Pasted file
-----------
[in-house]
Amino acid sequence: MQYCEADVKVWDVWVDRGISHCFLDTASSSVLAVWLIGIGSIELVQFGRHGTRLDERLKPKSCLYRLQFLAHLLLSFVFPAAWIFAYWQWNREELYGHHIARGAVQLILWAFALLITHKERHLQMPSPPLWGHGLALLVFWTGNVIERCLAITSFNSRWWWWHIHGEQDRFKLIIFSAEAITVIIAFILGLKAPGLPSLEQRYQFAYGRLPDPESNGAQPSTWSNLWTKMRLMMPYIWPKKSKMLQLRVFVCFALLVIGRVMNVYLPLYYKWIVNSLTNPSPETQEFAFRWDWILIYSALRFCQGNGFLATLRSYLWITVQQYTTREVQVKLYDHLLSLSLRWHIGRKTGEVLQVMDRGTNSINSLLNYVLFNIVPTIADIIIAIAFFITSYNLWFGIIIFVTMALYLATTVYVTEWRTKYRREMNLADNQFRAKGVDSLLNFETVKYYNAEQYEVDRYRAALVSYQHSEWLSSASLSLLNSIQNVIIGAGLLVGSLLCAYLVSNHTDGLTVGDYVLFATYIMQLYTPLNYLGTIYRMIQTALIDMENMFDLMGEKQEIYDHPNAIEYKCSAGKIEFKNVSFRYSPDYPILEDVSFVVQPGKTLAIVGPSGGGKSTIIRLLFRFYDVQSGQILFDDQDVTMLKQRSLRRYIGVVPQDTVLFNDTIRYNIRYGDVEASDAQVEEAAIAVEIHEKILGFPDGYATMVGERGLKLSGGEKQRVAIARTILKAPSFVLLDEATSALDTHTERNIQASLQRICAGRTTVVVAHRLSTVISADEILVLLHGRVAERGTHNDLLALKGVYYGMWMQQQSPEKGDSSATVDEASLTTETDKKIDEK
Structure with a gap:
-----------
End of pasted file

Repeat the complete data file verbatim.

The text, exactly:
[in-house]
Amino acid sequence: MQYCEADVKVWDVWVDRGISHCFLDTASSSVLAVWLIGIGSIELVQFGRHGTRLDERLKPKSCLYRLQFLAHLLLSFVFPAAWIFAYWQWNREELYGHHIARGAVQLILWAFALLITHKERHLQMPSPPLWGHGLALLVFWTGNVIERCLAITSFNSRWWWWHIHGEQDRFKLIIFSAEAITVIIAFILGLKAPGLPSLEQRYQFAYGRLPDPESNGAQPSTWSNLWTKMRLMMPYIWPKKSKMLQLRVFVCFALLVIGRVMNVYLPLYYKWIVNSLTNPSPETQEFAFRWDWILIYSALRFCQGNGFLATLRSYLWITVQQYTTREVQVKLYDHLLSLSLRWHIGRKTGEVLQVMDRGTNSINSLLNYVLFNIVPTIADIIIAIAFFITSYNLWFGIIIFVTMALYLATTVYVTEWRTKYRREMNLADNQFRAKGVDSLLNFETVKYYNAEQYEVDRYRAALVSYQHSEWLSSASLSLLNSIQNVIIGAGLLVGSLLCAYLVSNHTDGLTVGDYVLFATYIMQLYTPLNYLGTIYRMIQTALIDMENMFDLMGEKQEIYDHPNAIEYKCSAGKIEFKNVSFRYSPDYPILEDVSFVVQPGKTLAIVGPSGGGKSTIIRLLFRFYDVQSGQILFDDQDVTMLKQRSLRRYIGVVPQDTVLFNDTIRYNIRYGDVEASDAQVEEAAIAVEIHEKILGFPDGYATMVGERGLKLSGGEKQRVAIARTILKAPSFVLLDEATSALDTHTERNIQASLQRICAGRTTVVVAHRLSTVISADEILVLLHGRVAERGTHNDLLALKGVYYGMWMQQQSPEKGDSSATVDEASLTTETDKKIDEK
Structure with a gap: